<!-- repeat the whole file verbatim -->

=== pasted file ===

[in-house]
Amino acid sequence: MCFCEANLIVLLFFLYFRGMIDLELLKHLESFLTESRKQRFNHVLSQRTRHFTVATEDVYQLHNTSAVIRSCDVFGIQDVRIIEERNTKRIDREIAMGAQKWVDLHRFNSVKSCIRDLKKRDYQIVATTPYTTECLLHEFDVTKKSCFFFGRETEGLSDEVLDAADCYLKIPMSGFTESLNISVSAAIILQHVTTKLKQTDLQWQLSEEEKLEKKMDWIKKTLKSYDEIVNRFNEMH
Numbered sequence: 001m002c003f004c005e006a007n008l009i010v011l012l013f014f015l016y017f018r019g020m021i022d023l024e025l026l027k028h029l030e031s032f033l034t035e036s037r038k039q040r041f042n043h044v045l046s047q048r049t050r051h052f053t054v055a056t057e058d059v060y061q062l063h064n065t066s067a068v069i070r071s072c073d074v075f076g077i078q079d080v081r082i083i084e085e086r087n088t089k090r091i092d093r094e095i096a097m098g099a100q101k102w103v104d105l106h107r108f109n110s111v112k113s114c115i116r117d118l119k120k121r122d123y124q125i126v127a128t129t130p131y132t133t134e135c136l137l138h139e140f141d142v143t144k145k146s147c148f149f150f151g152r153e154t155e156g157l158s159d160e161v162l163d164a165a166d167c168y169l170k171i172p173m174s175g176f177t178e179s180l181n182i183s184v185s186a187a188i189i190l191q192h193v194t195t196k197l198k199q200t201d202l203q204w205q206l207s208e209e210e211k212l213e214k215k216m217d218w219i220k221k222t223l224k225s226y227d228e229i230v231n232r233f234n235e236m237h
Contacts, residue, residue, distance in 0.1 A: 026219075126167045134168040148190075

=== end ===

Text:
[in-house]
Amino acid sequence: MCFCEANLIVLLFFLYFRGMIDLELLKHLESFLTESRKQRFNHVLSQRTRHFTVATEDVYQLHNTSAVIRSCDVFGIQDVRIIEERNTKRIDREIAMGAQKWVDLHRFNSVKSCIRDLKKRDYQIVATTPYTTECLLHEFDVTKKSCFFFGRETEGLSDEVLDAADCYLKIPMSGFTESLNISVSAAIILQHVTTKLKQTDLQWQLSEEEKLEKKMDWIKKTLKSYDEIVNRFNEMH
Numbered sequence: 001m002c003f004c005e006a007n008l009i010v011l012l013f014f015l016y017f018r019g020m021i022d023l024e025l026l027k028h029l030e031s032f033l034t035e036s037r038k039q040r041f042n043h044v045l046s047q048r049t050r051h052f053t054v055a056t057e058d059v060y061q062l063h064n065t066s067a068v069i070r071s072c073d074v075f076g077i078q079d080v081r082i083i084e085e086r087n088t089k090r091i092d093r094e095i096a097m098g099a100q101k102w103v104d105l106h107r108f109n110s111v112k113s114c115i116r117d118l119k120k121r122d123y124q125i126v127a128t129t130p131y132t133t134e135c136l137l138h139e140f141d142v143t144k145k146s147c148f149f150f151g152r153e154t155e156g157l158s159d160e161v162l163d164a165a166d167c168y169l170k171i172p173m174s175g176f177t178e179s180l181n182i183s184v185s186a187a188i189i190l191q192h193v194t195t196k197l198k199q200t201d202l203q204w205q206l207s208e209e210e211k212l213e214k215k216m217d218w219i220k221k222t223l224k225s226y227d228e229i230v231n232r233f234n235e236m237h
Contacts, residue, residue, distance in 0.1 A: 026219075126167045134168040148190075